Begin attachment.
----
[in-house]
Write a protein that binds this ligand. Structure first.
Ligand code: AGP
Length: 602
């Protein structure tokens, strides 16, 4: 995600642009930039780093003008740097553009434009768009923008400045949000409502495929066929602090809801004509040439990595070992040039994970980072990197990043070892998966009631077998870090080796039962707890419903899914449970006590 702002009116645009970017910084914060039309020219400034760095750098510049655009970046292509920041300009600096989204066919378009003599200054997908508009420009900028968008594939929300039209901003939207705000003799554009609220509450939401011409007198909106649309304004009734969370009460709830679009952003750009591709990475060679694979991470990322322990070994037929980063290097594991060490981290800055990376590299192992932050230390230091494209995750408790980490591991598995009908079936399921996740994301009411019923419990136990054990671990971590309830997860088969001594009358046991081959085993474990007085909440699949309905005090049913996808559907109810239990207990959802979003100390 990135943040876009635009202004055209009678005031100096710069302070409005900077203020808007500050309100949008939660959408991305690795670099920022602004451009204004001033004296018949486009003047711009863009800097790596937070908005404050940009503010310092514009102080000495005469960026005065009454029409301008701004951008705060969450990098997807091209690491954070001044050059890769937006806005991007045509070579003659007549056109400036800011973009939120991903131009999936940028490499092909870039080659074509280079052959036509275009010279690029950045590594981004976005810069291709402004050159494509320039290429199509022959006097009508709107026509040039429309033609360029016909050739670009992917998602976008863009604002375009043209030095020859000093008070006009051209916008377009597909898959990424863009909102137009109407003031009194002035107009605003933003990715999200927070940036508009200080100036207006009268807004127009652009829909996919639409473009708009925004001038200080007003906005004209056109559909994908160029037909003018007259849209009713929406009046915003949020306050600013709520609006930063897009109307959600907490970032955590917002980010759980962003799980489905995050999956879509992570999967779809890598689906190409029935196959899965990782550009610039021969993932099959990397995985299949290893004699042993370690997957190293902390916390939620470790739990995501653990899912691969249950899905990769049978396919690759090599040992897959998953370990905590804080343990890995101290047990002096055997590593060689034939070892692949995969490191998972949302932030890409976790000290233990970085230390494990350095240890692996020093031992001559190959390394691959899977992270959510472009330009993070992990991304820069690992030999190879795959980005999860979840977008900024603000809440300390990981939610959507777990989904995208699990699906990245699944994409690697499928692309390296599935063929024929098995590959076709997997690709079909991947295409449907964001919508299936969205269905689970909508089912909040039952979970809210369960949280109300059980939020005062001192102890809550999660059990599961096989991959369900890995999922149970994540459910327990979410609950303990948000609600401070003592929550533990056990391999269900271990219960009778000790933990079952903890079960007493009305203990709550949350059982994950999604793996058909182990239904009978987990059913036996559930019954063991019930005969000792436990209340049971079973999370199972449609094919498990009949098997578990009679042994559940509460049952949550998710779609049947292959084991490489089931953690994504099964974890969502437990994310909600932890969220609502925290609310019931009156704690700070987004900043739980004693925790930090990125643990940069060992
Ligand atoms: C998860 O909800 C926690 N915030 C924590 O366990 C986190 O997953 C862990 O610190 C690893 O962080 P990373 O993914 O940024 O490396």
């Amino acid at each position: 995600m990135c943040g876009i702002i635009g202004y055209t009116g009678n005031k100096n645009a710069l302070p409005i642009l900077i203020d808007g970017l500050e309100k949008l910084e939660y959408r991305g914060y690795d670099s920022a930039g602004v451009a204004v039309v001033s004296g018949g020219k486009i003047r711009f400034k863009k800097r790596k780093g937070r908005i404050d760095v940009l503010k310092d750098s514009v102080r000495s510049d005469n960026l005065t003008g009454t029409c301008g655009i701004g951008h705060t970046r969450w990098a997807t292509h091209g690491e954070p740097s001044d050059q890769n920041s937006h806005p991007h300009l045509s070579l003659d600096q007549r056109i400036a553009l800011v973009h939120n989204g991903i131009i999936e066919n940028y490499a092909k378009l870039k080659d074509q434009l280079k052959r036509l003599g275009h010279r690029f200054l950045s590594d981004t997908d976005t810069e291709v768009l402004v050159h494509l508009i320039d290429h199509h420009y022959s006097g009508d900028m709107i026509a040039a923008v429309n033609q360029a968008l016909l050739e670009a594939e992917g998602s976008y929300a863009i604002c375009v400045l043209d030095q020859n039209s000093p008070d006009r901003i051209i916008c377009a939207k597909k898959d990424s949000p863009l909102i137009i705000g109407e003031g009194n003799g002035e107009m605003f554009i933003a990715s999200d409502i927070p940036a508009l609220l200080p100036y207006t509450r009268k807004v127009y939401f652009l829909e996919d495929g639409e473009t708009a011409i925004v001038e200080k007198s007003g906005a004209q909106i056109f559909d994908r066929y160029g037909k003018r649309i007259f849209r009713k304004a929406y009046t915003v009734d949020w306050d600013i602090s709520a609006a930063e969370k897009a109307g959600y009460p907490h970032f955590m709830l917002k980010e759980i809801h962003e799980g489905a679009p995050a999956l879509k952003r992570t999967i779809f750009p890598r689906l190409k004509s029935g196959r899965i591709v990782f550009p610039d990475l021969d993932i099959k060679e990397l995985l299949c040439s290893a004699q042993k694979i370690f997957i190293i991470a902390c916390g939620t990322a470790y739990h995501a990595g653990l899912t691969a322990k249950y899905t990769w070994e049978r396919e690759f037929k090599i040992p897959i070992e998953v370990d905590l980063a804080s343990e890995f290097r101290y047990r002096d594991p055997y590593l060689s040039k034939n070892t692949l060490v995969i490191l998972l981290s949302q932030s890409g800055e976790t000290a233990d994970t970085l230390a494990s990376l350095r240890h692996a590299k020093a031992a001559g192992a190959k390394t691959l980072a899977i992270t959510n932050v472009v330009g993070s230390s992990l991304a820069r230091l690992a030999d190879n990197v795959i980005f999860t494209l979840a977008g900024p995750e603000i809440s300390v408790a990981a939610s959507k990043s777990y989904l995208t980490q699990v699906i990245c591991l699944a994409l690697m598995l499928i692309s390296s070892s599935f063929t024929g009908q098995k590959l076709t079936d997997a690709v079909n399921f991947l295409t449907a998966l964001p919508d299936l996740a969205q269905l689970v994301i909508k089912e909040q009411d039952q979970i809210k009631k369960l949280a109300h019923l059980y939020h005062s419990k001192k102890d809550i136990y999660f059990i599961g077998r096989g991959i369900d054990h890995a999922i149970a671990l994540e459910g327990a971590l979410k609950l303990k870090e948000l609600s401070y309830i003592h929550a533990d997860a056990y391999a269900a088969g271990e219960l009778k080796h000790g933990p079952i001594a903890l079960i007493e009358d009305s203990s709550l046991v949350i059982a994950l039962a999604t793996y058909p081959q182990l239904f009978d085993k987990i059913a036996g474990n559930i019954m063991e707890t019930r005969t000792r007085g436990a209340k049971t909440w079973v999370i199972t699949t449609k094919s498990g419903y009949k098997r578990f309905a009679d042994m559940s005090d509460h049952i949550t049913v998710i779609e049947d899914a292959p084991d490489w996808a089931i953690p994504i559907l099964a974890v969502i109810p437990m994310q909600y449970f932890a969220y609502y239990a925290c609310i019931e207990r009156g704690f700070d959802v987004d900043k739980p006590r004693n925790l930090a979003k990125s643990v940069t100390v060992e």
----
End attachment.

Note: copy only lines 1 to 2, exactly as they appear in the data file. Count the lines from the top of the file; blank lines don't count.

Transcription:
[in-house]
Write a protein that binds this ligand. Structure first.